Workplace bullying or incivility is a significant challenge that has received considerable attention globally and has become a global problem documented in several countries within various professions. The terms denote rude, disrespectful, or discourteous actions, resulting in more negative intentions. Bullying or incivility can occur to anybody in the workplace and is more widespread in the nursing profession as hospital-based violence, adversely affecting nursing care quality (Al-Ghabeesh & Qattom, 2019). Even though the nursing profession is devoted to helping others better their lives, the highly charged nature of nurses’ work environments can generate circumstances where emotions boil over.
The most notable instance when I felt bullied was my first placement as a nurse student. My senior nurse supervisor verbally abused me during clinical practice. The experience was hurting, but there was nothing I could do at that time. I feared that because the nurse was in a position of power as a supervisor, all reports and grievances had to pass through her hands. Having heard from other students that an attempt to voice out or report a bully during placement is likely to be met with a worsening encounter that can translate to more psychological distress, I was scared to report the incident and chose to keep silent instead for some time. Besides, I was also wrong, having failed to follow some instructions as stated because of misunderstanding. However, I felt that verbal abuse was not the correct or professional way to correct a learner for a misunderstanding. When I later shared the experience with a senior nurse whom I became close to after getting used to the environment, she told me that I have the right to report any situation when I feel harassed or bullied by a staff irrespective of their position in the organization. She also told me to make the supervisor who verbally abused me understand that I was not comfortable with the experience, which I did. The supervisor acknowledged that she might have reacted inappropriately without noticing because of some work stress and apologized for the misconduct in need.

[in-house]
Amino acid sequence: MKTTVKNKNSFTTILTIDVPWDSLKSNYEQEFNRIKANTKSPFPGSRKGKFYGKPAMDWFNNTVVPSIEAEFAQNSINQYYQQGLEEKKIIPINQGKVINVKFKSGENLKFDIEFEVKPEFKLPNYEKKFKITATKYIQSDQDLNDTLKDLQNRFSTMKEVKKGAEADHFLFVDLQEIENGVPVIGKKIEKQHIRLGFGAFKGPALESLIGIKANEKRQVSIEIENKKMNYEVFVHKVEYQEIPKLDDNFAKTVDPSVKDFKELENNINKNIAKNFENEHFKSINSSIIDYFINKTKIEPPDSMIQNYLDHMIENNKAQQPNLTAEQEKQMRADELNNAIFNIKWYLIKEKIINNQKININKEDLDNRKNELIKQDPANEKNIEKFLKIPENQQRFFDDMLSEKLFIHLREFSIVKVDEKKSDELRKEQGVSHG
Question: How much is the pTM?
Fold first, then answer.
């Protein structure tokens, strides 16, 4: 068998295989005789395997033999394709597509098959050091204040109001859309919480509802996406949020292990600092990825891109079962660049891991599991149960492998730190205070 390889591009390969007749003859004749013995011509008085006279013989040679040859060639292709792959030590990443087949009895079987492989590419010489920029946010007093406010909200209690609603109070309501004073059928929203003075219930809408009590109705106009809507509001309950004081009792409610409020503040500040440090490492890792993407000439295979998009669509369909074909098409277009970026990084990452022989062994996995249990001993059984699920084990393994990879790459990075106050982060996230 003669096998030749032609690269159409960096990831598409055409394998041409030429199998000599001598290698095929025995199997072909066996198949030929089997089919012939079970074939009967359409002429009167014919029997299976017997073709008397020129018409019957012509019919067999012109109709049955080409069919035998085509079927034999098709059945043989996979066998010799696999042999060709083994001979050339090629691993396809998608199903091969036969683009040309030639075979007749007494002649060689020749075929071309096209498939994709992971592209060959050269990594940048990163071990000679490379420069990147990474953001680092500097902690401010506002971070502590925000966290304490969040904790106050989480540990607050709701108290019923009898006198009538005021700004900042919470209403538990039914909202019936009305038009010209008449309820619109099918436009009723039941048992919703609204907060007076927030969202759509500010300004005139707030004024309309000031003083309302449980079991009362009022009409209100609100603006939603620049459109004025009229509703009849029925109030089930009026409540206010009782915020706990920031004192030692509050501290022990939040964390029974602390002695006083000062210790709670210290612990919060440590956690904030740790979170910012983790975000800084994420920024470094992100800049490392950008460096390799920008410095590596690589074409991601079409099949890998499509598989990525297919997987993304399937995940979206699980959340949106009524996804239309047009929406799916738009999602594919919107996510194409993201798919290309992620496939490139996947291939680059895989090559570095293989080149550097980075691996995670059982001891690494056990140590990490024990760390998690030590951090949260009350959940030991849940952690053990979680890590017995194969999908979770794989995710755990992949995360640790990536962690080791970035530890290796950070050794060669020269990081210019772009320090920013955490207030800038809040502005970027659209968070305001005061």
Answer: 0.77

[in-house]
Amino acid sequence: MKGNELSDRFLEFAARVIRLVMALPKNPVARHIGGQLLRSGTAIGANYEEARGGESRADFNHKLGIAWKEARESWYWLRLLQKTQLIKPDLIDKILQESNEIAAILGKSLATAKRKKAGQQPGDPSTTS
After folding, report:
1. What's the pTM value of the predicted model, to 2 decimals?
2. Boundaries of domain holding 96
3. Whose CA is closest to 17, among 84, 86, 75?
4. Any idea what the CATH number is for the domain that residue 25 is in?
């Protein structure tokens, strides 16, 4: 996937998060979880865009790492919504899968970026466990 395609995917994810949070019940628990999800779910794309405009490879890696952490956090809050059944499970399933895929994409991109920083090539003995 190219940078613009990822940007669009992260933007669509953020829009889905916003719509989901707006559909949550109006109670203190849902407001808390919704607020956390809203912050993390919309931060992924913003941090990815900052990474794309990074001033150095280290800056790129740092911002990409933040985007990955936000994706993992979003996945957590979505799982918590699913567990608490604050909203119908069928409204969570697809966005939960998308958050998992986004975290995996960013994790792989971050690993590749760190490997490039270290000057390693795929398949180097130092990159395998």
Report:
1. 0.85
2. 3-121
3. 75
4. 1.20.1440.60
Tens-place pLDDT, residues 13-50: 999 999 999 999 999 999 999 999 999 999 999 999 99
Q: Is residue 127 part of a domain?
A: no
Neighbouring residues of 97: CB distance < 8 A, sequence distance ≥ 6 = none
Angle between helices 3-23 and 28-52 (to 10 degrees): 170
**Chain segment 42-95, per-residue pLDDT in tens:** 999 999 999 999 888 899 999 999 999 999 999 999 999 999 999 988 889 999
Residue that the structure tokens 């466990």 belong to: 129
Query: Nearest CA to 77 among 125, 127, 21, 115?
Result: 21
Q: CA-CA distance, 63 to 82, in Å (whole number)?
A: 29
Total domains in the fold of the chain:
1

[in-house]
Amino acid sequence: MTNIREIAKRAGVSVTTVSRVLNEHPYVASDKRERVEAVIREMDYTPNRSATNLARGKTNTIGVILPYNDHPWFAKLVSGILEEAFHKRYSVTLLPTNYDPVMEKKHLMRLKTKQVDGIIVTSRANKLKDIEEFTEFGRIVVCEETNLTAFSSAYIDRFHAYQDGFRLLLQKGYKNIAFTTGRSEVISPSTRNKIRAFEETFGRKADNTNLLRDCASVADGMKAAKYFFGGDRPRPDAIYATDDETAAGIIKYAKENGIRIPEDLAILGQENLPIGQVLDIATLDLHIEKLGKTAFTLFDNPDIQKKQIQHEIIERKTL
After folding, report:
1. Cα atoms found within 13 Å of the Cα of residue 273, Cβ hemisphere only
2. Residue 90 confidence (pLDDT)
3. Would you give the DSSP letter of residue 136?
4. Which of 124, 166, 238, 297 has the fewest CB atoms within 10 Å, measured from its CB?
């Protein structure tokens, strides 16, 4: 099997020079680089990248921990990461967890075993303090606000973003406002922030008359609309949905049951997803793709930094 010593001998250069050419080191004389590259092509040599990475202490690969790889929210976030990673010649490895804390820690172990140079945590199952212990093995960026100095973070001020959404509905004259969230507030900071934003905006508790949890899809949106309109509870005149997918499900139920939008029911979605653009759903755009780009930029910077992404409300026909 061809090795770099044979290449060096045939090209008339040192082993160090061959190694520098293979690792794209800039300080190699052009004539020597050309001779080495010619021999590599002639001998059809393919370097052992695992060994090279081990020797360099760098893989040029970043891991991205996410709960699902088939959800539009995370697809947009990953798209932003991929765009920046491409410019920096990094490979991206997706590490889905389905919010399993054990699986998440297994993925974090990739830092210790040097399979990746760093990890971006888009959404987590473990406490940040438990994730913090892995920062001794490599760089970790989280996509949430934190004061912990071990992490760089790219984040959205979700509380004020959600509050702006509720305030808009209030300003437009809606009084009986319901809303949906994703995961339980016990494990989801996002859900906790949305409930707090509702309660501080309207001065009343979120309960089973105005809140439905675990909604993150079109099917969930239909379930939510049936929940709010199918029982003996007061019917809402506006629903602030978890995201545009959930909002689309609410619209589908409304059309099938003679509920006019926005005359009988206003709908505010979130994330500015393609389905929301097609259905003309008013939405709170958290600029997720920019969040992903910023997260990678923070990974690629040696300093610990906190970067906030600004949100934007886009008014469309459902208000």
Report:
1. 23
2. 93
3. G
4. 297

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Even though it is understandable that the nurses work in settings that can cause work-related stress, impeding effective teamwork, acts of aggression, physical or verbal are completely unacceptable whether coming from colleagues or patients, junior or senior staff. Such incidents not only can cause severe ramifications for the nurse’s wellbeing but also impedes the nurse’s ability to provide quality patient care effectively. Study shows that nurses who get bullied or intimidated at work are less likely to call co-workers where there is a need to help. Nurses must operate as a unit and feel comfortable seeking help or guidance from colleagues to create an environment where patients can get the proper care they need. In many health care settings, several cases leading to patients’ lifelong disability or unexpected death can be traced by neglecting adequate communication and coordination (León-Pérez, Escartín & Giorgi, 2021).
The best way to correct a colleague, whether junior or senior, is not through verbal or physical violence, rather, it require sitting them down and teaching them what to do so that next time they can do it better themselves. Besides, senior nurses should be dynamic and have motivational influence on other nurses, seeking to inspire others. They must apply the qualities to win trust and respect of the team to build a robust clinical practice.
Al-Ghabeesh, S. H., & Qattom, H. (2019). RETRACTED ARTICLE: Workplace bullying and its preventive measures and productivity among emergency department nurses. Israel journal of health policy research, 8(1), 1-9.
León-Pérez, J. M., Escartín, J., & Giorgi, G. (2021). The presence of workplace bullying and harassment worldwide. Concepts, approaches and methods, 55-86.